A range of other (host) factors such as clinical symptoms, co-infections, re-infections and sexual risk behaviour may influence the development of complications in women with a previous CT-infection [24, 31–33]. Some factors related to the (severity of) infection or sexual behavioural are time-dependent. To precisely quantify the risk and predisposing risk factors of PID, ectopic pregnancy and tubal factor subfertility following a CT-infection, prospective studies are needed to provide vital data for programs to prevent CT-infection and complications . Therefore, the NEtherlands Chlamydia Cohort STudy (NECCST) was initiated. The strength of the study is its prospective design because this enables to collect, at regular time intervals, questionnaire-data with minimum (recall) bias, facilitates more extensive time analysis and allows to directly asses the risk of CT-related complications. The final aim will be to identify women most at risk for developing complications, in order to introduce targeted preventive measures and strategies to prevent CT (re-)infections in women at high risk for complications. Here we describe the NECCST cohort study design.
With NECCST, we aim to gain more insight in late complications of CT-infections in women, and to identify women most at risk to develop CT-related complications. In this cohort study, the following aims will be addressed:
To quantify the incidence of PID, ectopic pregnancy and tubal factor subfertility and compare time to pregnancy in women with and without a previous CT-infection, in order to estimate the inherent risk of these outcomes by a previous CT-infection.
To explore which combination of host genetic biomarkers are able to distinguish women with a high risk of developing CT-related complications from women with a low risk of developing these complications.
To determine demographic, behavioural, serological and infection-related factors that are associated with reproductive tract complications due to a preceding CT-infection.
NECCST is a long-term (10–14 years) cohort study, of women of reproductive age who previously participated in the CSI study.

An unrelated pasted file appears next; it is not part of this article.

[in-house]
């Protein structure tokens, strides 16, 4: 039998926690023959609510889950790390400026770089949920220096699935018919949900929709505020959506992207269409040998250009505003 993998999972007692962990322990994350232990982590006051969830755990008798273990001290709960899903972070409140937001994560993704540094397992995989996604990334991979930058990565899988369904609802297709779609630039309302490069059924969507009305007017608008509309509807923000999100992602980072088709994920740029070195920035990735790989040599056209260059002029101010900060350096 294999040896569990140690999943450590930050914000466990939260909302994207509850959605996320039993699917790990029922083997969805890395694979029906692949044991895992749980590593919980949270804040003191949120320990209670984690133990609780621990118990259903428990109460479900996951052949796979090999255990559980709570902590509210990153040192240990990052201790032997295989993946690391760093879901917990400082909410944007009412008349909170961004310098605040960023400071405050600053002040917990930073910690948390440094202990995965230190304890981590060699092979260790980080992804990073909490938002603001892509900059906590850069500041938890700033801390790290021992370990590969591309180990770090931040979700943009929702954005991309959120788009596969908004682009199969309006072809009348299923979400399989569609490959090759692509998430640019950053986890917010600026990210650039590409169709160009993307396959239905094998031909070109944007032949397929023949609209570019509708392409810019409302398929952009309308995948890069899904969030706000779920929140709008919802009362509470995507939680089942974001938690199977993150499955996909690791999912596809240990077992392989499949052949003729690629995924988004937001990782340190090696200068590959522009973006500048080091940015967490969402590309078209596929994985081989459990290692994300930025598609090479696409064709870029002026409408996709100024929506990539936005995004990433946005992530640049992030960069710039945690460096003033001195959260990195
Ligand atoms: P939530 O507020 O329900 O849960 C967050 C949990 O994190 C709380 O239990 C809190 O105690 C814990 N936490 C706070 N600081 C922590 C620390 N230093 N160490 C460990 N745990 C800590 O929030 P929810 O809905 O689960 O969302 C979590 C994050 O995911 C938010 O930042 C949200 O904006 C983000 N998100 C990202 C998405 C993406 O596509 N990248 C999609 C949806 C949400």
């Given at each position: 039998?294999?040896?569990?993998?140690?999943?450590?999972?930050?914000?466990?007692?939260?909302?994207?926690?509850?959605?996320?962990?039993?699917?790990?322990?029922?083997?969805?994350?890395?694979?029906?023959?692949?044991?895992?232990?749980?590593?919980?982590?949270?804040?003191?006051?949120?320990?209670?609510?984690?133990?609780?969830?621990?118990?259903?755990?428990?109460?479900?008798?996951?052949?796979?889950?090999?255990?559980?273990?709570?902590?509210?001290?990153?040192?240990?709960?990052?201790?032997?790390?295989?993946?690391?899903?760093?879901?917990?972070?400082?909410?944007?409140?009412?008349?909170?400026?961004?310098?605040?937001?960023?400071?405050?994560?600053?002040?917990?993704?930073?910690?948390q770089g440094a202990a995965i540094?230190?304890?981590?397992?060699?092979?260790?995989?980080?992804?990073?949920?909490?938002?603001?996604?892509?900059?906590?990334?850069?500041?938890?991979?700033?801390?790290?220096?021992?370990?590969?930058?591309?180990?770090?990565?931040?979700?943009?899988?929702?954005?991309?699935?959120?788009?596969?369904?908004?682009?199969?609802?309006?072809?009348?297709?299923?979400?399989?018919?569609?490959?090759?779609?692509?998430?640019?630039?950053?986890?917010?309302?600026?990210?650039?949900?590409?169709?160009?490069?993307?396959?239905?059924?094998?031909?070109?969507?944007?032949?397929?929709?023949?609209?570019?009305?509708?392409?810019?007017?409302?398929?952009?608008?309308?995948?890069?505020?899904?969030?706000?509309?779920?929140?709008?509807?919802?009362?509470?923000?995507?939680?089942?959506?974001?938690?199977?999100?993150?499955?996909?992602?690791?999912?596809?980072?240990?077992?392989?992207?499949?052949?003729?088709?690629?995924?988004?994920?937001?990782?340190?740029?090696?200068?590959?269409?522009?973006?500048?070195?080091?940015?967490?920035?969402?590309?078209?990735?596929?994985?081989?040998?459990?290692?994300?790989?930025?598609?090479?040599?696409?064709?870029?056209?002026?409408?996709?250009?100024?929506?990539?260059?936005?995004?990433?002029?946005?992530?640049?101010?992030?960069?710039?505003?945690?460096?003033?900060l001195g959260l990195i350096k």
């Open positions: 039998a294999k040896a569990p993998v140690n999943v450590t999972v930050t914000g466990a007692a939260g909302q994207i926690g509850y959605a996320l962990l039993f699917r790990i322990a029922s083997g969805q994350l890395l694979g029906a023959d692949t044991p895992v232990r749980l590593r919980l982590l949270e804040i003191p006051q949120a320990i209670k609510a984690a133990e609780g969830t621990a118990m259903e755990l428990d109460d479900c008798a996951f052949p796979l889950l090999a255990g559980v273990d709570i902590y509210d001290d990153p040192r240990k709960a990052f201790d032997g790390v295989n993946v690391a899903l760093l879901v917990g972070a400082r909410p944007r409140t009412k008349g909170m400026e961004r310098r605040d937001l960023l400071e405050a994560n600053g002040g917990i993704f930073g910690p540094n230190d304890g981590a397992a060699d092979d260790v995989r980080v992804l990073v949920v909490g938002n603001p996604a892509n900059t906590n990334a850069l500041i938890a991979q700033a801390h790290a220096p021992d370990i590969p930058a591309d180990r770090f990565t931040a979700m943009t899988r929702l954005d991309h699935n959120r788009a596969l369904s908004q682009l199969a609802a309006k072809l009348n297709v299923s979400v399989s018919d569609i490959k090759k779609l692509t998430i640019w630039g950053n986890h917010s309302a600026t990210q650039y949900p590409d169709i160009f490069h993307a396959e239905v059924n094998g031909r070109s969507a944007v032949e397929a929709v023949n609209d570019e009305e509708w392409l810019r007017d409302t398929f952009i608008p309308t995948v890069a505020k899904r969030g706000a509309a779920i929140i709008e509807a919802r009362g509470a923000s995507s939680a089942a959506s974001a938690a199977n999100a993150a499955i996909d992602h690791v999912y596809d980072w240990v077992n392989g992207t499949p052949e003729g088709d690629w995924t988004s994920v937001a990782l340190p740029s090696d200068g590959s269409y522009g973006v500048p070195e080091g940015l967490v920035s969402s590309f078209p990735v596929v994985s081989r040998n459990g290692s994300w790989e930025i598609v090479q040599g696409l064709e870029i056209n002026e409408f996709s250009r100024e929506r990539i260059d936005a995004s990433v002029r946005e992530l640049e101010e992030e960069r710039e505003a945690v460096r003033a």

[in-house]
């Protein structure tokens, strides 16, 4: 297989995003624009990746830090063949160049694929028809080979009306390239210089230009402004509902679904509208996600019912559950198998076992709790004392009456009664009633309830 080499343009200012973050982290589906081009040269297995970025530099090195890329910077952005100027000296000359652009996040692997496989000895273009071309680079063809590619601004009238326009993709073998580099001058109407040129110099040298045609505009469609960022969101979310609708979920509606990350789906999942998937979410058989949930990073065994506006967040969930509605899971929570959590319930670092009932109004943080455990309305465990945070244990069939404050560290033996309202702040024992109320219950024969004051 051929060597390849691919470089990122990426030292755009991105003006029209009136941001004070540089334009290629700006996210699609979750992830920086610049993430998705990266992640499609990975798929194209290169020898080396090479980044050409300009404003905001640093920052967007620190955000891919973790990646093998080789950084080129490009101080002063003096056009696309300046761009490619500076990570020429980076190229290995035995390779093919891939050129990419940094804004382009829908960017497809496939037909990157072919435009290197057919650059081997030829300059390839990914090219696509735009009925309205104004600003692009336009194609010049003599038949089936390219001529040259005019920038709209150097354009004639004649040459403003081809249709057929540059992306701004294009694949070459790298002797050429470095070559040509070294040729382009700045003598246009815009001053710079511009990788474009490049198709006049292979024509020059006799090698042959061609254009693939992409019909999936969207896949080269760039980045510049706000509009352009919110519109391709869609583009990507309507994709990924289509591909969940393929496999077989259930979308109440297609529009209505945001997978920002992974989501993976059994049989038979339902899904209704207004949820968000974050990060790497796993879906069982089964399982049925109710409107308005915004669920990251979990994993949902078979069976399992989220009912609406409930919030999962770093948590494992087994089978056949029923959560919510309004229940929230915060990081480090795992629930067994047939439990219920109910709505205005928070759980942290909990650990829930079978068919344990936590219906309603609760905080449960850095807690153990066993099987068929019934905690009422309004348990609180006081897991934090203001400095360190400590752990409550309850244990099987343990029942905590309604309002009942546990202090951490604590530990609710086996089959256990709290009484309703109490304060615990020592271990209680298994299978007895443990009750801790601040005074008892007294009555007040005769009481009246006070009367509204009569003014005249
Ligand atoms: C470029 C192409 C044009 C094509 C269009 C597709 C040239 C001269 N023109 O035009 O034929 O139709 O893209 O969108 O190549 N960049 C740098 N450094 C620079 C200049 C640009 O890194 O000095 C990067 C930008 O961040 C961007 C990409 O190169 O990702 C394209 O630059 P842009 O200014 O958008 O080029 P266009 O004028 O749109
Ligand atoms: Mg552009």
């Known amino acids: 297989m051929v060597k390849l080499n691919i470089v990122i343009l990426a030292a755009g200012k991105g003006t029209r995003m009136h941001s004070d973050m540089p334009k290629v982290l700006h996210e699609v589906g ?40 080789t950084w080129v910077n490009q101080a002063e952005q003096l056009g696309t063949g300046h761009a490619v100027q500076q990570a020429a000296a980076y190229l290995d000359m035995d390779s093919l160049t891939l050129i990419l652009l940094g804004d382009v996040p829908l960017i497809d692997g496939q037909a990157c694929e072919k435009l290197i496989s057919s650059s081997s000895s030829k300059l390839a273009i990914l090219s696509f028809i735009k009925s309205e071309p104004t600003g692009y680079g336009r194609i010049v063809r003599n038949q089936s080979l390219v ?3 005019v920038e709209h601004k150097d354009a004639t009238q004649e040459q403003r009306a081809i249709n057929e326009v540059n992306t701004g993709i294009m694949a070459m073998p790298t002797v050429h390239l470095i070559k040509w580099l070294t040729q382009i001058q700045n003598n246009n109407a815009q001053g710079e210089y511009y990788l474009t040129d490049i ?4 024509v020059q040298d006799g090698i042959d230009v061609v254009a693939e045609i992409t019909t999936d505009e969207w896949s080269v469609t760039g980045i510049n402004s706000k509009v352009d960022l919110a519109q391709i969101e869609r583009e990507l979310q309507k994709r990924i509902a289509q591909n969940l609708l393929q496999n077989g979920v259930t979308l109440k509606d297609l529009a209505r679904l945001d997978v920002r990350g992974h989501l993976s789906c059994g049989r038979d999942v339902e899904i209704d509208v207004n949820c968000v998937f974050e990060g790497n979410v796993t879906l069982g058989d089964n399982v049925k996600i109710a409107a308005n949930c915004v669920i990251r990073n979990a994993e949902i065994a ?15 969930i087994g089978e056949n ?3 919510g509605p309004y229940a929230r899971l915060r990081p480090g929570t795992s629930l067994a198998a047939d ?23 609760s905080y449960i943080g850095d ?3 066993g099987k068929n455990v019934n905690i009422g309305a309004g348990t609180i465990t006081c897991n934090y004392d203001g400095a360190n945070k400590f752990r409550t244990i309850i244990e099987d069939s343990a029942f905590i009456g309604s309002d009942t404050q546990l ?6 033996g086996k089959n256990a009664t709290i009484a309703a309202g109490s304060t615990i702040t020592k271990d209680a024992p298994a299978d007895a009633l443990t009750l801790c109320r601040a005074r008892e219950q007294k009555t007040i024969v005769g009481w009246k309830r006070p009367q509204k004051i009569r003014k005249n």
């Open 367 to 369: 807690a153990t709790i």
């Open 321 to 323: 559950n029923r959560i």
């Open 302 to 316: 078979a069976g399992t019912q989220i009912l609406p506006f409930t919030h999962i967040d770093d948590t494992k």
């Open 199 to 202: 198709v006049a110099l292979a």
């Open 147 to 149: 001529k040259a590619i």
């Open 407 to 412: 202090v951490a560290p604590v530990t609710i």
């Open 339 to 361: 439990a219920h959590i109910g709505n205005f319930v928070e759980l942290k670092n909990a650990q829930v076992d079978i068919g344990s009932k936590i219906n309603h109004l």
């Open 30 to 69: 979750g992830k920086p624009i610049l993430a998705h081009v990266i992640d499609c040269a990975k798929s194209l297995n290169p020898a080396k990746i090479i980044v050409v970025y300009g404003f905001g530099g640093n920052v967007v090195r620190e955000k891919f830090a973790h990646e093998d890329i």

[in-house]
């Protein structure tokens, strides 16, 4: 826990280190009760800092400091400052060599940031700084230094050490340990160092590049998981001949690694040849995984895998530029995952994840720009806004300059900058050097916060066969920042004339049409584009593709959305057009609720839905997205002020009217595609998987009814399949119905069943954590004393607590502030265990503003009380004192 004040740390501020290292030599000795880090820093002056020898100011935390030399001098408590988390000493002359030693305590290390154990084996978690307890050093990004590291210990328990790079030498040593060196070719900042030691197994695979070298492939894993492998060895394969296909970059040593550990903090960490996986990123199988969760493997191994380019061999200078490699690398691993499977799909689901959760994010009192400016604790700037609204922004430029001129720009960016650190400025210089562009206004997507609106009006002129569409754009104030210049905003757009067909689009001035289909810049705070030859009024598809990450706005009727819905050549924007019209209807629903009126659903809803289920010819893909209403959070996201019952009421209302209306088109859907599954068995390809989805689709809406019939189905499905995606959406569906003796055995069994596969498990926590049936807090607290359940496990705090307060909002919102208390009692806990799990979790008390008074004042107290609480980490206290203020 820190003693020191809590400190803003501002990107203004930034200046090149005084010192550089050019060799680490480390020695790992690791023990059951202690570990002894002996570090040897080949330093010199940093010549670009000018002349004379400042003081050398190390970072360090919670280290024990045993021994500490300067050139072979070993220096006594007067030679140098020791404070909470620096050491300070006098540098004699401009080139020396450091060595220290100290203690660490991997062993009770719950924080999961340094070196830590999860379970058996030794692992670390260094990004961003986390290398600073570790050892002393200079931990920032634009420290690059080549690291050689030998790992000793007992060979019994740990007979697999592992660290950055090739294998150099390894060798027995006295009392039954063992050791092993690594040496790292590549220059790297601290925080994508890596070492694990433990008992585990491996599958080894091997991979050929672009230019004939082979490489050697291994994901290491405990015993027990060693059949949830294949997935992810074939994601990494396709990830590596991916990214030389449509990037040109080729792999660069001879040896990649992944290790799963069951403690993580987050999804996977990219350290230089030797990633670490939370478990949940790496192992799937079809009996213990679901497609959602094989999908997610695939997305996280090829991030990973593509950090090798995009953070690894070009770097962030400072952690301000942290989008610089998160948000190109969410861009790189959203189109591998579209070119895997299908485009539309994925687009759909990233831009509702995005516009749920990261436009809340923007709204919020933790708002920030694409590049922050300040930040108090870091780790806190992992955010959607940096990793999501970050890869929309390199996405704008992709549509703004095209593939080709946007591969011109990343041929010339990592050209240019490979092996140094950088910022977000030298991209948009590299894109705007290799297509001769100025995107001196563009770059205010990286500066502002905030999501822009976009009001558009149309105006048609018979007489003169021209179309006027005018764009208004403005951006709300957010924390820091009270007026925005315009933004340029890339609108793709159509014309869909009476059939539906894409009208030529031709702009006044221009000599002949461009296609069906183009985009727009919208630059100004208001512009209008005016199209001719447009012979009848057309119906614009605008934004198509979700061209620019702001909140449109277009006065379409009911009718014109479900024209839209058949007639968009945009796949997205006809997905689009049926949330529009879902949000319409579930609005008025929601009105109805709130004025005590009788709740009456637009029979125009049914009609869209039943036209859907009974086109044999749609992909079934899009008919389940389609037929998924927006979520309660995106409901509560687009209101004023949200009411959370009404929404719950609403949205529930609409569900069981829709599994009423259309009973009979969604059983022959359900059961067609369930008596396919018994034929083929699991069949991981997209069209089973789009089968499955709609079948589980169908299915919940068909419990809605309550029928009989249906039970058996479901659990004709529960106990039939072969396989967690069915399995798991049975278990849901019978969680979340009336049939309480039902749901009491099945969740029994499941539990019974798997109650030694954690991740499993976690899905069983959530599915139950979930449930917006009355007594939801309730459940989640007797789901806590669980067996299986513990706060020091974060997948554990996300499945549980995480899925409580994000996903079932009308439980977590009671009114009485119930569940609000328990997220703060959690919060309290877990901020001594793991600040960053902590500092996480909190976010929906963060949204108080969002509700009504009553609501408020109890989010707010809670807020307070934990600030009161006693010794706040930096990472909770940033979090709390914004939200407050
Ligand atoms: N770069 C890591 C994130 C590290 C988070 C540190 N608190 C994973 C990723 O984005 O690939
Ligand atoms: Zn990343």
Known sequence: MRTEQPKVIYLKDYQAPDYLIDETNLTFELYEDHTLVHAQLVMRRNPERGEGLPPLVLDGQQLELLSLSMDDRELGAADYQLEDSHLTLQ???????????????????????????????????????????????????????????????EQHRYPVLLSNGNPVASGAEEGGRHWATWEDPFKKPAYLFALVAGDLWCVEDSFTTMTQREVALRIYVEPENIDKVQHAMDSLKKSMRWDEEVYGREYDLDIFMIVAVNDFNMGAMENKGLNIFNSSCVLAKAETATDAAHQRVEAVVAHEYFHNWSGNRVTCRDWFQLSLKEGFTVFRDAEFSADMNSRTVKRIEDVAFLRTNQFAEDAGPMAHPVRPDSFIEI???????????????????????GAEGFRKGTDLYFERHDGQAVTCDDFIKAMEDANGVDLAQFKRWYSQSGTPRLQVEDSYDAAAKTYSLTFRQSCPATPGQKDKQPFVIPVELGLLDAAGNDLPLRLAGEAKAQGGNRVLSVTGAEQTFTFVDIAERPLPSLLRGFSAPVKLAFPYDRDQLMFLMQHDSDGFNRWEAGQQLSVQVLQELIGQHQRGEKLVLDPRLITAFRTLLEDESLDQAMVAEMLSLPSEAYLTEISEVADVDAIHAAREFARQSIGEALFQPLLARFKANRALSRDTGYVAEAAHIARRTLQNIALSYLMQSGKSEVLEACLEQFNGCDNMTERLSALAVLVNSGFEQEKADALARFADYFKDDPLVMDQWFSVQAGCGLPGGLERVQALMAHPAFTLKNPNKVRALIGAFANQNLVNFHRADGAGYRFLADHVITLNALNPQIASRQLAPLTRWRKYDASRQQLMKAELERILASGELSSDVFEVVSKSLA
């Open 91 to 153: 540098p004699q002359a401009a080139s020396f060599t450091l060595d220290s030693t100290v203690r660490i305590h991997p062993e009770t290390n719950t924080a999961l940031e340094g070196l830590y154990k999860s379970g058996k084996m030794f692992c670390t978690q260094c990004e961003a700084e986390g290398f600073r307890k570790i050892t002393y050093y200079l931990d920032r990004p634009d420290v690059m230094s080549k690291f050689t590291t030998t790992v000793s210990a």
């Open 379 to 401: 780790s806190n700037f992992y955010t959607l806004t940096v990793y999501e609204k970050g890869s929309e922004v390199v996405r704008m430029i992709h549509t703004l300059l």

The starting point of the NECCST cohort is retrospective, at entry in the CSI study conducted between 2008 and 2011 in Amsterdam, Rotterdam and South Limburg (the Netherlands). In CSI, over 420,000 sexually active young adults (16–29 years old) who were registered in the municipal population registers of three areas (Amsterdam, Rotterdam and South-Limburg) were invited for annual CT-testing by home-based self-collection of a vaginal swab or urine sample. The samples were tested for a CT-infection using nucleic acid amplification tests (NAAT). In addition, participants completed questionnaires concerning demographic factors, sexual behaviour and previous STIs. Altogether, 80,000 people (19% of those invited) participated in CSI. Compared to non-responders, CSI participants were more often women, older (20–29 years), had a higher education, and were more often of a Dutch background. For the NECCST cohort, invitees were further selected from this group .
All women who participated in at least one round of the CSI study (n = 58,818, 26% of those invited) and who gave informed consent to be approached for future STI-related research (14,685, 25%), are invited for participation in NECCST. Of the eligible women, 2371 (16%) had a positive CT-history (i.e. PCR positive result and/or self-reported CT-infection during CSI) and 12,314 (84%) had a negative CT-history according to CSI data (PCR negative and no self-reported previous CT-infection). These women are traced in the Dutch municipal registers and invited for participation in NECCST. Participants are between 20 and 38 years of age at the first data collection moment, and will be between 27 and 44 years of age by the end of NECCST. Women are censored when they have emigrated from the Netherlands or when contact details cannot be retrieved from the municipal registers for other reasons.
NECCST covers a minimal individual follow-up period of 10 years and a maximum of 14 years, depending on inclusion in CSI, onwards. Participants will be contacted four times until 2022.